42. Mathematics – The number 7 has some curious particularities. For example 1 divided by 7 gives a simple recurring decimal of six digits: 0.142857142857142857… and this one multiplied successively by 2, 3, 4, 5, 6, gives products where we find the same numbers in the same order:
i. 142857 x 2 = 285714
ii. 142857 x 3 = 428571
iii. 142857 x 4 = 571428
iv. 142857 x 5 = 714285
v. 142857 x 6 = 857142
43. There are seven orifices (openings) in the head of a man.
44. Sapta-jihva – 7 tongues of Agni or fire ( the 7 tongues of fire have all names, e.g. kali (black), karali (fierce), mano-java (swift as mind) , su-lohita(read as iron), sudhumravarṇa(smoke coloured), ugrā or sphuliṅginī (cracking) and pradīptā,
45. Sapta Dhatus (The Seven Bodily Tissues) – The dhatus are the basic varieties of tissues which compose the human body. The primary Dhatus are seven in number. They are:
a. Sukra dhatu (reproductive tissues)
b. Majja dhatu (bone marrow and nervous tissues)
c. Asthi dhatu (bone)
d. Meda dhatu (fatty tissues)
e. Mamsa dhatu (muscle tissues)
f. Rakta dhatu (formed blood cells)
g. Rasa dhatu (plasma)
46. 7 primary metals for an Alchemist – Gold, Silver, Iron, Tin, copper, mercury and lead.
47. Sapta Dhanya – 7 grains used for Navratri pooja – Barley, sesame, rice, greengram, foxtail millet, chickpea and wheat.
48. Sapta-prakriti – the 7 constituent parts of a kingdom – viz., the king, his ministers, ally, territory, fortress, army, and treasury.
49. Sapta-rakta – the 7 red-coloured parts of the body viz. palms of hands, soles of feet, nails, eye-corners, tongue, palate, lips.
50. Sapta Puri – are seven holy pilgrimage centres in India where the word ‘puri’ means “town” or “city” suffixed to the word ‘sapta’ meaning “seven”. Specifically, the names of the pilgrimage centres are: Ayodhya, Mathura, Haridwar, Varanasi (Benaras, Kashi), Kanchipuram, Ujjain (Avanti) and Dwarka.
51. Sapta Badri – constitutes a group of seven sacred Hindu temples, dedicated to god Vishnu, located in Garhwal Himalayas in the Indian state of Uttarakhand. The Badrinath temple called the Badri-vishal is the primary temple among the seven shrines, followed by six others, namely, Adi Badri, Vridha Badri, Dhyan Badri, Ardha Badri, Bhavishya Badri and Yogadhayan Badri.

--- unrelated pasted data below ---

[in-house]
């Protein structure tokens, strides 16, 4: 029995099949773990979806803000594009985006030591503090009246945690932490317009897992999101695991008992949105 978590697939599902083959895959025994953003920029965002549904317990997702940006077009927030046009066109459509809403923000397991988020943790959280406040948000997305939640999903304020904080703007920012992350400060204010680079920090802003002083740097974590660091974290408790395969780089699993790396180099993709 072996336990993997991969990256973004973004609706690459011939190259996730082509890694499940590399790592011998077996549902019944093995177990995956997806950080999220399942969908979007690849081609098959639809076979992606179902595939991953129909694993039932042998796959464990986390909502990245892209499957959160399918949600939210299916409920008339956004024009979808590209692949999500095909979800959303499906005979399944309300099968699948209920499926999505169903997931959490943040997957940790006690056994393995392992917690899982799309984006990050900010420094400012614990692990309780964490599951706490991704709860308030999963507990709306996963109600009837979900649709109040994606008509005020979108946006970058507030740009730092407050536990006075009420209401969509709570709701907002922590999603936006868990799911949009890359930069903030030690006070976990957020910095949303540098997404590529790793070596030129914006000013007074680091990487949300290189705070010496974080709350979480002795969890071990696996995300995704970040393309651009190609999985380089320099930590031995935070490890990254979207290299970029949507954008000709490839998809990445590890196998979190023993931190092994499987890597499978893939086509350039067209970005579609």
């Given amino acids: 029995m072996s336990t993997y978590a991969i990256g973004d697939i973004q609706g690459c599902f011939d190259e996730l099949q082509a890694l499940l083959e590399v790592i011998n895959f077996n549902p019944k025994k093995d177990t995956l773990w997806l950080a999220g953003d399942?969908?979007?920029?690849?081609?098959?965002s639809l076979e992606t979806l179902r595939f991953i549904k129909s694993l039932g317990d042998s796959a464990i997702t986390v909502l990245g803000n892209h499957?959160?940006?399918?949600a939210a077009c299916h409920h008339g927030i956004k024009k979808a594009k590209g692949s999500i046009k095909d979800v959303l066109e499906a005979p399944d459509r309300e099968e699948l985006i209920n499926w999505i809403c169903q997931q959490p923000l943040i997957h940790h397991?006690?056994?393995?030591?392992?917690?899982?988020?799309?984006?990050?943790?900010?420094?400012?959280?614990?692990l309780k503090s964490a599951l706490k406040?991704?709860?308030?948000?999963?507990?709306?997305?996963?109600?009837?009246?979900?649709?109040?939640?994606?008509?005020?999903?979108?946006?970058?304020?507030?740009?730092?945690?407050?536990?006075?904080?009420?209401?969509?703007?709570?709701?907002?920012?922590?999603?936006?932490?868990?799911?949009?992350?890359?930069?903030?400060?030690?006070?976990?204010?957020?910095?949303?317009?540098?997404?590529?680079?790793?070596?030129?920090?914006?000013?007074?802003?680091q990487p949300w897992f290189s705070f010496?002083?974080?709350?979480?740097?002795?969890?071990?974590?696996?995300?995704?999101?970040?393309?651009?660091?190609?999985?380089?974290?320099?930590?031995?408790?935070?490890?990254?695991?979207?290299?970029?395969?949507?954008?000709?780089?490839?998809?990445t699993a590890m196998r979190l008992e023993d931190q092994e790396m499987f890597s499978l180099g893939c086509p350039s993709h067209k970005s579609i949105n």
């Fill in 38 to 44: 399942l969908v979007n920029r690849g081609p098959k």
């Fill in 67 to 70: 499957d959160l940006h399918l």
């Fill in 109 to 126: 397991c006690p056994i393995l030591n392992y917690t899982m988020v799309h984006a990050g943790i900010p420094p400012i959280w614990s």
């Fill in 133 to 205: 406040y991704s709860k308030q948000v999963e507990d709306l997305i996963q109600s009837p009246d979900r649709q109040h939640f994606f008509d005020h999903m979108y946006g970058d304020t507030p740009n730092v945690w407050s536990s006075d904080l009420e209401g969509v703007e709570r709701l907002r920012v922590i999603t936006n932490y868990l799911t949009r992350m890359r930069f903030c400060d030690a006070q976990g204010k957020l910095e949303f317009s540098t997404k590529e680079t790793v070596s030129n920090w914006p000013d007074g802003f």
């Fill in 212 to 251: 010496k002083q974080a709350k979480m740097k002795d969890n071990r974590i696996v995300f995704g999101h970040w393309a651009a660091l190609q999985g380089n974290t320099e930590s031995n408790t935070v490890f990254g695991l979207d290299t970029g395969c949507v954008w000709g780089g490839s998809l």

52. Sapta Sindhu’ – refers to the rivers Saraswati, Sutudri (Sutlej), Vipasa (Beas), Asikni (Chenab), Parosni (Ravi), Vitasta (Jhelum) and Sindhu (Indus).
53. 7 States of Consciousness – sapta-chetana – Waking or jagrat chetana, Dreaming or swapn chetana, Dreamless Sleep or sushupti chetana, Transcendental Consciousness – turiya chetana, Cosmic Consciousness turiyatit chetana (sustained turiya consciousness), God consciousenss or bhagavat chetana and Brahman Conscioiusness or brahmi chetana.
54. 7 Chiranjeevi – ‘Ashwathama, King Mahabali, Vyasa, Hanuman, Vibhishana, Kripacharya and Parashurama are the seven death-defying or imperishable personalities ‘.
55. According to Kundalini Yoga, there are seven Nadis in human body. They are ida, pingala, sushumna, gandhari, hastijihva, pusha and alambusha.
56. Saptabhumikas – Tantra describes seven bhumika or acaras by which a spiritual aspirant rises to the highest level of spiritual illumination. They are veda, vaisnava, saiva, daksina, vama, siddhanta and kaula.
57. Saptajnanabhumika – seven preparatory stages for attaining knowledge – subheccha (sincere desire), vicarana(enquiry), tanumanasi(attenuation of the mind), sattvapatti(attaining sattva), asamsakti(non-attachment), padarthabhavana(becoming aware of objects)and turiya (entering to the final stage – atman).
58. Saptasadhana – seven exercises for purifying the body and mind. They are Sodhana(purification), drdhata(strengthening), sthairya(steadiness produced by the steadiness of the mind), laghava(lightness), pratyaksha(direct perception) and nirlipta(isolation).
59. Saptavyasanas – The Hindu Shastraas define the following seven things as the most powerful addictions that can affect any person. They are as follows – The first one is Dyuta –which means gambling. The second one is maamsa —meaning meat eating, the third one is —suraa which means drinking alcoholic beverages, vesyaa prostitute(prostitution) is the fourth vyasana. The fifth one is kheta which means hunting for pleasure , chourya —stealing is the sixth one and paraangana or having you heart on someone else’s wife is the seventh habit.
60. Seven ways to greet a neighbor. Kautilya recommended seven strategies in dealing with neighboring powers. The strategies are: Sanman – Appeasement, non-aggression pact, Dana – Gift, bribery, Danda – Strength, punishment, Bheda – Divide, split, separating opposition, Maya – Illusion, deceit, Upeksha – Ignoring the enemy and Indrajala – Faking military strength.